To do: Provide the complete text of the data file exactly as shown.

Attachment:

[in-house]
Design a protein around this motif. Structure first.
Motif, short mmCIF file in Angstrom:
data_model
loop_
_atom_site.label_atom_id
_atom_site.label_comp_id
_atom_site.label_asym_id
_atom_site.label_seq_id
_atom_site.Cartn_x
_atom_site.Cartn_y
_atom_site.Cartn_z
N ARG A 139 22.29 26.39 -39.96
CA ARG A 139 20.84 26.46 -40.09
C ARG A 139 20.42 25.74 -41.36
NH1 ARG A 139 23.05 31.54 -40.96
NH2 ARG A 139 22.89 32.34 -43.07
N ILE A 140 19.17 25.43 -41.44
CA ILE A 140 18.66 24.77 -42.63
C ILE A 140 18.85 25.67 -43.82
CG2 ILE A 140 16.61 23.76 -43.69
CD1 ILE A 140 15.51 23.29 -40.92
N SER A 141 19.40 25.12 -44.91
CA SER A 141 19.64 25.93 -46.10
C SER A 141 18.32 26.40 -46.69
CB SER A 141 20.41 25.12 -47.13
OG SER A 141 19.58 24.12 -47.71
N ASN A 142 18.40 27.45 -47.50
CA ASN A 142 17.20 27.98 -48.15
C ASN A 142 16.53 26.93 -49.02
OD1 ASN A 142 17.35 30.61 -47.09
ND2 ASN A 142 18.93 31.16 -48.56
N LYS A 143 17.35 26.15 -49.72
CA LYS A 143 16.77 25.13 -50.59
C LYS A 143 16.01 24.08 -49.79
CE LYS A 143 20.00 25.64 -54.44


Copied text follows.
[in-house]
Design a protein around this motif. Structure first.
Motif, short mmCIF file in Angstrom:
data_model
loop_
_atom_site.label_atom_id
_atom_site.label_comp_id
_atom_site.label_asym_id
_atom_site.label_seq_id
_atom_site.Cartn_x
_atom_site.Cartn_y
_atom_site.Cartn_z
N ARG A 139 22.29 26.39 -39.96
CA ARG A 139 20.84 26.46 -40.09
C ARG A 139 20.42 25.74 -41.36
NH1 ARG A 139 23.05 31.54 -40.96
NH2 ARG A 139 22.89 32.34 -43.07
N ILE A 140 19.17 25.43 -41.44
CA ILE A 140 18.66 24.77 -42.63
C ILE A 140 18.85 25.67 -43.82
CG2 ILE A 140 16.61 23.76 -43.69
CD1 ILE A 140 15.51 23.29 -40.92
N SER A 141 19.40 25.12 -44.91
CA SER A 141 19.64 25.93 -46.10
C SER A 141 18.32 26.40 -46.69
CB SER A 141 20.41 25.12 -47.13
OG SER A 141 19.58 24.12 -47.71
N ASN A 142 18.40 27.45 -47.50
CA ASN A 142 17.20 27.98 -48.15
C ASN A 142 16.53 26.93 -49.02
OD1 ASN A 142 17.35 30.61 -47.09
ND2 ASN A 142 18.93 31.16 -48.56
N LYS A 143 17.35 26.15 -49.72
CA LYS A 143 16.77 25.13 -50.59
C LYS A 143 16.01 24.08 -49.79
CE LYS A 143 20.00 25.64 -54.44